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2427Re: AoP Cavalry on Maryland Campaign

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  • Brian Downey
    Jan 8, 2006
      Thanks for the details Dave -

      I've been thinking that more important than the control
      McLaws _actually_ had over the Valley, is what Gen McClellan
      understood or believed he was up against at the time.

      I don't know that he'd have had time to recognize his couriers weren't
      getting through to HF. Also, going on memory, Col Davis
      hadn't got to McClellan (if at all) til the 17th with his knowledge of
      Confederate positions. I don't know what intel, if any,
      McClellan had about where his enemy was between the 14th and 17th
      aside from the aging SO191. As Eric W mentioned, McClellan doesn't
      seem to have used his Cavalry much for scouting, at least not in
      Pleasant Valley after breaking through Fox's on the 14th.

      Eric had made a hypothetical (or hindsight) suggestion that McClellan
      should have used his Cavalry to delay AP Hill in his arrival from HF
      on the 17th. I'm thinking McClellan couldn't do that, not because he
      didn't know how to use the arm or because he lacked resources - more
      because it wasn't at all a practical option for him, even if he knew
      that AP Hill would be coming and what his impact would be at
      Sharpsburg ...


      > Brian,
      > I think we've credited McLaws with too much control over Maryland
      Hgts/Elk Ridge prior to becoming alarmed at what was going on behind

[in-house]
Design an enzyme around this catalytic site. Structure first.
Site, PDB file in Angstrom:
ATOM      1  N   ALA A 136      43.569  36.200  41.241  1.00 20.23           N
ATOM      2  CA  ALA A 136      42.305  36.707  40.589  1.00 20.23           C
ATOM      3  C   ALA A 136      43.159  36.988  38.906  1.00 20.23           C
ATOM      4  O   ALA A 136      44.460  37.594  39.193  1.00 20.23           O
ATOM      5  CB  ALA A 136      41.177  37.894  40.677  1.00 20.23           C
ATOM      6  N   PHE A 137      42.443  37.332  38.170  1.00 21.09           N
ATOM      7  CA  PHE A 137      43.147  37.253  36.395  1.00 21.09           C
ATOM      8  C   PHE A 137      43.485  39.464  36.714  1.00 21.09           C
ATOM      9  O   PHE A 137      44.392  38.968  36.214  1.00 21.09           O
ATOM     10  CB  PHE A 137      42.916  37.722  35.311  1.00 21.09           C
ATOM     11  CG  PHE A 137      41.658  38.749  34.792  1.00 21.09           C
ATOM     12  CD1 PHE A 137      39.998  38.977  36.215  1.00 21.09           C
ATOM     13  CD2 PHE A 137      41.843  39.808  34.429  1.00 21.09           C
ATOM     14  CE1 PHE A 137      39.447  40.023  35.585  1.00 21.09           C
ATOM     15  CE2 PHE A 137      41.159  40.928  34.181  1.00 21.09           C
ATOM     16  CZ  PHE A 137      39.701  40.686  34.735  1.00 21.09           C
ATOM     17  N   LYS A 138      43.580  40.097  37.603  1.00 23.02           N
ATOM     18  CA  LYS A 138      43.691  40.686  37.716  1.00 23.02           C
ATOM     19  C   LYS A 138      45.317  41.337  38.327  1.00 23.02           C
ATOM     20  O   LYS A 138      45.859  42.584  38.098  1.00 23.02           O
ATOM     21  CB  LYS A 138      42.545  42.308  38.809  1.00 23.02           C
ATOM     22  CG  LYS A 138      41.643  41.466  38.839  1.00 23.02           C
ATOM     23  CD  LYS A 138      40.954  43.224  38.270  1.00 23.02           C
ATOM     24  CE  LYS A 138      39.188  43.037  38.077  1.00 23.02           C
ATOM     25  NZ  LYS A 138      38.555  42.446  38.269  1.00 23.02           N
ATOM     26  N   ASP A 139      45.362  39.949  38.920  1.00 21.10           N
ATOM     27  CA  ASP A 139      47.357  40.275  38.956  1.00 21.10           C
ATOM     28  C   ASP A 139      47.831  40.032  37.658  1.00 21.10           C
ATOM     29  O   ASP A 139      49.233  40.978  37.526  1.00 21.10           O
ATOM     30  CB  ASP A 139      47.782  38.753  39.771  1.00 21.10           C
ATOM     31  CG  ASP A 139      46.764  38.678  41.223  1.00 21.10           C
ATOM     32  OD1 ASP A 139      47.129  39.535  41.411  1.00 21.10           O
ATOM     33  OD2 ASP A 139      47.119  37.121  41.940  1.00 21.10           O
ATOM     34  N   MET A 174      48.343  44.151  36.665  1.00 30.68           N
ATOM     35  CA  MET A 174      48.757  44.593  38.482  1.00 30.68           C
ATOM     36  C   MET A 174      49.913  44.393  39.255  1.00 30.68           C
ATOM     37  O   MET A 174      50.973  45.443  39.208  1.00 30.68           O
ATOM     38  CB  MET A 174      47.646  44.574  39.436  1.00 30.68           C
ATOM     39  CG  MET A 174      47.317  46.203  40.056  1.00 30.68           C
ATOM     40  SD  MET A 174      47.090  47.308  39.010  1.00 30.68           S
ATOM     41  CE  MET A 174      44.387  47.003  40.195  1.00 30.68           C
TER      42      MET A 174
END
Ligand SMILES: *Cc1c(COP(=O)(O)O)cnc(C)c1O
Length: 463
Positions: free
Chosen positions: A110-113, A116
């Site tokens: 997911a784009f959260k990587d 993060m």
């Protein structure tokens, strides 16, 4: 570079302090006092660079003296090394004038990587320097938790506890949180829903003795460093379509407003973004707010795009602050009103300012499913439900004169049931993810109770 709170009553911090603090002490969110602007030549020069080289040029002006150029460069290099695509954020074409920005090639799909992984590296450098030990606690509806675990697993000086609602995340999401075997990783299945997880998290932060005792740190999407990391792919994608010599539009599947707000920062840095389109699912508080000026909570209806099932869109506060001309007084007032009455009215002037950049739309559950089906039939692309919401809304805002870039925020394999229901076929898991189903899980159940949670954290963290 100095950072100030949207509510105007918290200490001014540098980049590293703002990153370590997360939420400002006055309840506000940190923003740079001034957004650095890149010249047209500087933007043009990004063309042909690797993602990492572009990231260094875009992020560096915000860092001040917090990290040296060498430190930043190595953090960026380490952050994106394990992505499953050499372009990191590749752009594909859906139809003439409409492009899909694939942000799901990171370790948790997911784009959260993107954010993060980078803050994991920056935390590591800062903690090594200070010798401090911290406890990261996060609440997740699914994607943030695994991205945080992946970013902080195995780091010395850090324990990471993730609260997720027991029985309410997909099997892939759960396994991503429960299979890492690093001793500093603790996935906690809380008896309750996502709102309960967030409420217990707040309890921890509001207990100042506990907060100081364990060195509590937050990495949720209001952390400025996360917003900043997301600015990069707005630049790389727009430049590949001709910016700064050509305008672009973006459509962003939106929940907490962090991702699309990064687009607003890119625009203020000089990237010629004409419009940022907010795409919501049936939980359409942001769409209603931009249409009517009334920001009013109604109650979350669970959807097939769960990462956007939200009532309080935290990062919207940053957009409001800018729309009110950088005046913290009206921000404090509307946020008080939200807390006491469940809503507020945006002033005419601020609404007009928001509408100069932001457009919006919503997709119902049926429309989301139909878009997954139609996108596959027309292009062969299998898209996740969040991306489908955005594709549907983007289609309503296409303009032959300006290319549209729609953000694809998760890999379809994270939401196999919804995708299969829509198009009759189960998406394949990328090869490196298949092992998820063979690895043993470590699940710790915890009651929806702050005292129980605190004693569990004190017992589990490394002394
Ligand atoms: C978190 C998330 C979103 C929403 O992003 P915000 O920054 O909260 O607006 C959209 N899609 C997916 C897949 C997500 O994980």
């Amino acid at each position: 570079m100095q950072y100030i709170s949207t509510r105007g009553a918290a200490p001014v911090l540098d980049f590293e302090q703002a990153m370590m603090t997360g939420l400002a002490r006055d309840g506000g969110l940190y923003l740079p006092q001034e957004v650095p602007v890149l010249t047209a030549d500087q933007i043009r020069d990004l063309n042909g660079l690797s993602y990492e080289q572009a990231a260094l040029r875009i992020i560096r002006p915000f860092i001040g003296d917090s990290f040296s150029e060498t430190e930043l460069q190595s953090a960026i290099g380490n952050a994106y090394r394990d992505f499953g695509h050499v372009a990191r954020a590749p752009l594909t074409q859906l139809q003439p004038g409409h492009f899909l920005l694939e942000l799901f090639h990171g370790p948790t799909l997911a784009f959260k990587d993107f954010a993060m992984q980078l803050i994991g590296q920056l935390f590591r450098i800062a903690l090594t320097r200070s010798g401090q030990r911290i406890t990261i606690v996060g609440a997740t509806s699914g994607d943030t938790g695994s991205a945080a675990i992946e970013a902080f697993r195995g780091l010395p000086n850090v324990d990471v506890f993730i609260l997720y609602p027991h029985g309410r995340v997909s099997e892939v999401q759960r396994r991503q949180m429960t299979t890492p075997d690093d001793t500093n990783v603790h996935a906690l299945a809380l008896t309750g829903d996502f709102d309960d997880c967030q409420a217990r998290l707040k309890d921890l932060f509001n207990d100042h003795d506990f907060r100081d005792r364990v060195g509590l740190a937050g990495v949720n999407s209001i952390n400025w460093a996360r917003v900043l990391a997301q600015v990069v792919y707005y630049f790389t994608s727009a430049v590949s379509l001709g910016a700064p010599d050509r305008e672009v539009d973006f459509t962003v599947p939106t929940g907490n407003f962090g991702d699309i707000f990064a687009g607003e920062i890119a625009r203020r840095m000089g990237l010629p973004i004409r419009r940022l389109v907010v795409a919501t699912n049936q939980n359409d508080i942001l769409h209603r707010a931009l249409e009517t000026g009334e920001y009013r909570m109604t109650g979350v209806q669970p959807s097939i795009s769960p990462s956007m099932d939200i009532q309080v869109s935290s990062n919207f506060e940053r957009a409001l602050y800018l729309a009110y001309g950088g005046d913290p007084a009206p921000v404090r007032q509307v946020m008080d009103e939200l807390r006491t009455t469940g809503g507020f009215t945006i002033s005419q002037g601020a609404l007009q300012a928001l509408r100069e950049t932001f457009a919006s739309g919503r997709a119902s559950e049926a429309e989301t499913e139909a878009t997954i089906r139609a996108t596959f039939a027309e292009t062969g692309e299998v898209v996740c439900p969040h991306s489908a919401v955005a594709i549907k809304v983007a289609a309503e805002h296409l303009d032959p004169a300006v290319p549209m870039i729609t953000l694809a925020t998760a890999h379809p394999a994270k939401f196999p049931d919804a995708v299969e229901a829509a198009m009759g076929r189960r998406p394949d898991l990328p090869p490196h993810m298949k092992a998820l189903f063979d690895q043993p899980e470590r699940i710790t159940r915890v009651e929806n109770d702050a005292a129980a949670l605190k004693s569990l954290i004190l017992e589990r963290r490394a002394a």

him in the Pleasant Valley passes, and drawing his attention. My
      impression is that his men held a fairly narrow approach along the
      ridge line and eastern slope, but had not swept over the western slope
      nor established control over the road under the railroad crossing and
      past Salty Dog...the escape route for the Union cavalry's (Grimes
      Davis') night passage.
      > McLaws' approach march to HF appears to me to have been in three
      columns--one (Kershaw-Barksdale) on Elk Ridge toward Md Hgts, one
      (Anderson) along South Mountain toward Sandy Point, and McLaws' main
      body along the floor of Pleasant Valley, the three probably
      coordinating their advance by signal. With the sounds of firing
      behind, McLaws had to divert attention to his rear guard at the
      passes, while at the same time pushing guns forward toward the south
      end of Md Hgts. It's almost as though no thought was given to the
      western slope or the river road below it.
      > Mac had no telegraphic communication with HF, and the small signal
      unit posted on Md Hgts withdrew ("on their own"), effectively denying
      visual signal communication to the east at the very time its was most
      needed. (I've found no indication that signal communication was
      attempted between McLaws and D.H. Hill, Longstreet, or GHQ either.)
      > Maybe I should save this for "Harpers Ferry on the Web"!
      > Dave Gaddy
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